The cases cited by the State do not suggest a different result here. Those cases were generally ones in which police were asked to check on the welfare of someone who had not been heard from, and the officers were allowed under the emergency-aid exception to go far enough into a residence to try to locate the person. E.g., Horn; State v. Jones, 24 Kan. App. 2d 405, 947 P.2d 1030 (1997). In another case, State v. Drennan, 278 Kan. 704, 719-22, 101 P.3d 1218 (2004), officers were allowed to investigate the welfare of a home's resident who was missing after a call to 911 about domestic violence. But no case cited by the State suggests that officers may search a residence after the person about whose welfare they were concerned has been located and subdued where there is no indication that anyone else is present in the residence or has been injured there.
We have an advantage that the trial court did not in evaluating the evidence. Not only do we have transcripts that can be studied, but the trial testimony also provided a more complete account than was presented at the earlier hearing on Jeffery's motion to suppress evidence. Officers testified at trial about their plan to take Jeffery for a mental-health evaluation, but they did not mention this at the earlier hearing. Jeffery's attorney renewed his objection to the evidence at trial, however, and we must take all of the evidence into account.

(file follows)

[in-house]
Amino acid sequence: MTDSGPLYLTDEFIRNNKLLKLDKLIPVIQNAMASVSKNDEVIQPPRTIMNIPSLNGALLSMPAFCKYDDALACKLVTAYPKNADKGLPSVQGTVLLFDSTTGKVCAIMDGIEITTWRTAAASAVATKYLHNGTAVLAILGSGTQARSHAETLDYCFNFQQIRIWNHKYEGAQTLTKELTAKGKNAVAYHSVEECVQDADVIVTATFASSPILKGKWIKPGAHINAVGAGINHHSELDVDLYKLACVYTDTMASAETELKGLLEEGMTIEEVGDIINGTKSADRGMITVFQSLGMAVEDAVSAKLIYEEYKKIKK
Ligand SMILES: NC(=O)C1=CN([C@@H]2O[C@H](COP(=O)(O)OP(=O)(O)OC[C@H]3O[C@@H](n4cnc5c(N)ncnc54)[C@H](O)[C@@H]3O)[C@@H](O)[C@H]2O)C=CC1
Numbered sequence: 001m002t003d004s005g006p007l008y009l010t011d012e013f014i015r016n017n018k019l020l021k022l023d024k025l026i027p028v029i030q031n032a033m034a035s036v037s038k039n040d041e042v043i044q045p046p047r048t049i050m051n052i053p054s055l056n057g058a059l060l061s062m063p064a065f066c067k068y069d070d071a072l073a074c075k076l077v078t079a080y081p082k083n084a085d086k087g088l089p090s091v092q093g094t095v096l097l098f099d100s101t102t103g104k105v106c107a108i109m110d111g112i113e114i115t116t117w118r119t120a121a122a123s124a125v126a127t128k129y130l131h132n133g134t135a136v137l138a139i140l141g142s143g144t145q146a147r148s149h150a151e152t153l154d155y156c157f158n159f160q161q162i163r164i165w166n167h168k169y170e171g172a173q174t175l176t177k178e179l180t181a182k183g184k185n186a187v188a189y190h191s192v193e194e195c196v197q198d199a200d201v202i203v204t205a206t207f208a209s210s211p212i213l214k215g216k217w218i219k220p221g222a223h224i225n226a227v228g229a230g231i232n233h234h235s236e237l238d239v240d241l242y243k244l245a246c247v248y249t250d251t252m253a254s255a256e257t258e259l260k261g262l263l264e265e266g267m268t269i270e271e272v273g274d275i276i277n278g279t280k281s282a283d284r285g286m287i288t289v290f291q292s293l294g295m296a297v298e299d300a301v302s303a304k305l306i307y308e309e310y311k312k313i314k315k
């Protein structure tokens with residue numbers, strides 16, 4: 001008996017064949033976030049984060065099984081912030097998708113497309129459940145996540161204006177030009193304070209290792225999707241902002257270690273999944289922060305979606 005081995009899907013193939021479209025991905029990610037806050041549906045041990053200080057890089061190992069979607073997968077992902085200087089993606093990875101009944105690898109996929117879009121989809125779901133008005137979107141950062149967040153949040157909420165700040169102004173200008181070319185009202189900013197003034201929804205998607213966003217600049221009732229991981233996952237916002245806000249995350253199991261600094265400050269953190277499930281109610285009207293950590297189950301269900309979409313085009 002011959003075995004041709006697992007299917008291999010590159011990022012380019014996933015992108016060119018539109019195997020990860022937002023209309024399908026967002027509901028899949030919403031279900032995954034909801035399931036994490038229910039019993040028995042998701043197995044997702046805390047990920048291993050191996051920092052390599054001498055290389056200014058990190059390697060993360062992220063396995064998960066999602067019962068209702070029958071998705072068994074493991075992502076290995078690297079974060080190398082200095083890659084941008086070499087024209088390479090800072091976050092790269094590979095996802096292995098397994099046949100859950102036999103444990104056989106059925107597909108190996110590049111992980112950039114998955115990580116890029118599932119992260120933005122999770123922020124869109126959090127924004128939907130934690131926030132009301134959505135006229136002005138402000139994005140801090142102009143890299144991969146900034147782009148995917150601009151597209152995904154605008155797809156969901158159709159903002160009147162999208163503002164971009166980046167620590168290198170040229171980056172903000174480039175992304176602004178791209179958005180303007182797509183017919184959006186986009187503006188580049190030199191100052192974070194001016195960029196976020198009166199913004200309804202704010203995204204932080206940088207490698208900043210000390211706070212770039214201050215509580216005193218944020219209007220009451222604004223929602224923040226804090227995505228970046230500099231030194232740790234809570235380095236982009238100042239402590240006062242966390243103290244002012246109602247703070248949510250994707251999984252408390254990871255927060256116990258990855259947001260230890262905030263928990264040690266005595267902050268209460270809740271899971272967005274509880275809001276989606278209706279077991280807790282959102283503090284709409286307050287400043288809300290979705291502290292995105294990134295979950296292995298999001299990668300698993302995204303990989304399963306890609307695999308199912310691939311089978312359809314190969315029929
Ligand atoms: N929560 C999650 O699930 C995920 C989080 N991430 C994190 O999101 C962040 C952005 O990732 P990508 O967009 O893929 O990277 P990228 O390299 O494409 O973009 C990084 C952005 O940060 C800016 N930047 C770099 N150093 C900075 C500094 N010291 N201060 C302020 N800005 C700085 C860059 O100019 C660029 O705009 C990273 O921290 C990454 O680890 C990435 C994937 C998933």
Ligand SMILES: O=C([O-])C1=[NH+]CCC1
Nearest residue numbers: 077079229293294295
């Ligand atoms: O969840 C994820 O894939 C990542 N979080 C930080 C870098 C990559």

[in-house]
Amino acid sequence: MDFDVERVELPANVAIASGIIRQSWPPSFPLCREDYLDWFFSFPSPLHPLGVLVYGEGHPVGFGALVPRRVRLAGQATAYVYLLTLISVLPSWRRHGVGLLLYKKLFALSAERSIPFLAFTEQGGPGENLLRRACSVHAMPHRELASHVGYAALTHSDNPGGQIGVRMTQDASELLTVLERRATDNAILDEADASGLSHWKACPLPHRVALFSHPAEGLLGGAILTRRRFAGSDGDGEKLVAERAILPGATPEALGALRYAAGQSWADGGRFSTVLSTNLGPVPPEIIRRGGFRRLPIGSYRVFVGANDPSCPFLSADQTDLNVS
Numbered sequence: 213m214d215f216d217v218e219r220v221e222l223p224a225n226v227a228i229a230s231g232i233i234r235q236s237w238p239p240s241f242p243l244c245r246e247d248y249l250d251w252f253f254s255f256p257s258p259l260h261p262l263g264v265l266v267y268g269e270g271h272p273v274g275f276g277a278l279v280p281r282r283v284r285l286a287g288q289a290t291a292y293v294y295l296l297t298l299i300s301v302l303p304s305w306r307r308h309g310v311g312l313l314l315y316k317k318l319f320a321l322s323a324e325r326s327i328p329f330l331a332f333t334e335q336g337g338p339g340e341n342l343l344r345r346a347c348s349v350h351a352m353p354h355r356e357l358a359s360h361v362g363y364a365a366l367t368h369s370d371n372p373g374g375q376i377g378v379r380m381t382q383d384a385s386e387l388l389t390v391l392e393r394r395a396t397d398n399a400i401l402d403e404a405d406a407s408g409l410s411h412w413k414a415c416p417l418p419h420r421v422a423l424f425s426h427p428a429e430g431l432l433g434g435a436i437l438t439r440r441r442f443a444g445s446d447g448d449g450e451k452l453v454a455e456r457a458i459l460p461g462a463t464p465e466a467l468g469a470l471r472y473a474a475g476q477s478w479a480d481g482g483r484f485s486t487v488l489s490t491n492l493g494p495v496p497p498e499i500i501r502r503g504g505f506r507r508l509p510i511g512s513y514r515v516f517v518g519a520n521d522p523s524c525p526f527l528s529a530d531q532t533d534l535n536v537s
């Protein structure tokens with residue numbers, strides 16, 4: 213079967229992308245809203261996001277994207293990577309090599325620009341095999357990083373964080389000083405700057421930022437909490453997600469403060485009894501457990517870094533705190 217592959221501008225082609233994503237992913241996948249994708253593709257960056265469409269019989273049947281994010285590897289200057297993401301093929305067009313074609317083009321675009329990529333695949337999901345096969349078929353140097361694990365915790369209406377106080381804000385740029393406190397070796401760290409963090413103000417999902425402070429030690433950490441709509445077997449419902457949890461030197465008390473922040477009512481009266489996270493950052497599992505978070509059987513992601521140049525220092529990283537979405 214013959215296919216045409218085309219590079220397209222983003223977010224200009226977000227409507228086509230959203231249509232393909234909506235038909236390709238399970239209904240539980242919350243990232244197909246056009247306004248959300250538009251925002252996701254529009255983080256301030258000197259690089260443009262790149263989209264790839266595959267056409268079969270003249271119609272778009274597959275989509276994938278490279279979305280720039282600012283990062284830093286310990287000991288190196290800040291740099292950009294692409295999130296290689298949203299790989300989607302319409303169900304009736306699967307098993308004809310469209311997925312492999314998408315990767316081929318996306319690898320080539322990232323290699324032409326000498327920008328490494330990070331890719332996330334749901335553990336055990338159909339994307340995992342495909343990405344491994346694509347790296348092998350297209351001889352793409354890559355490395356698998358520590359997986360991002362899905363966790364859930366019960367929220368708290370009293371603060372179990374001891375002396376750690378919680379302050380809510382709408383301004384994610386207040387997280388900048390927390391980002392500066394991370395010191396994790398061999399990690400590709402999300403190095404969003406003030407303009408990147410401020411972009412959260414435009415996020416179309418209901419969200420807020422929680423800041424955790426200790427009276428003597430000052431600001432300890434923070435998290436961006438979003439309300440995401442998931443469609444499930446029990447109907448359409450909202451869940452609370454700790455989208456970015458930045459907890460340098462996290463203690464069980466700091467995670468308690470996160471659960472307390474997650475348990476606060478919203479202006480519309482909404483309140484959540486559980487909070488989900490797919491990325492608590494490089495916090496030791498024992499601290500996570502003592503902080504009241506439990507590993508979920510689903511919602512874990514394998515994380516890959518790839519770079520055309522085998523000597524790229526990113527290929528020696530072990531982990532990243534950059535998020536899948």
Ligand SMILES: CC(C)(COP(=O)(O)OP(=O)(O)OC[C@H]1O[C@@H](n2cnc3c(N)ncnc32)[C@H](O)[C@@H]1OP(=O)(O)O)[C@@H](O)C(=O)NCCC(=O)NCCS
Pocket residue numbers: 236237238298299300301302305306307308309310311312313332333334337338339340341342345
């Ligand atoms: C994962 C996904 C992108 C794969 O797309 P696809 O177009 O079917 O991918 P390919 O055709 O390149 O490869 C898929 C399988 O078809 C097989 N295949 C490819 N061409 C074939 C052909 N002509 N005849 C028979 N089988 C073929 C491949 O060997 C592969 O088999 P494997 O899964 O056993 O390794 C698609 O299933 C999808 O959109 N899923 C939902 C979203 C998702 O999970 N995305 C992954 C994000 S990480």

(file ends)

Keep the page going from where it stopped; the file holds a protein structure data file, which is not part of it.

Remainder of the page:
Of course, we also have an advantage that the officers called to Jeffrey's apartment that day did not have. We have the ability to take the time we need to review the law and to consider how it must be applied to these facts. Even well-intentioned officers may not search a home without a warrant unless the search is clearly authorized under one of the limited exceptions to the search requirement.
The district court erred in denying Jeffery's motion to suppress the physical evidence obtained in the search of his apartment. The judgment of the district court is therefore reversed, and the case is remanded with directions to set aside Jeffery's convictions.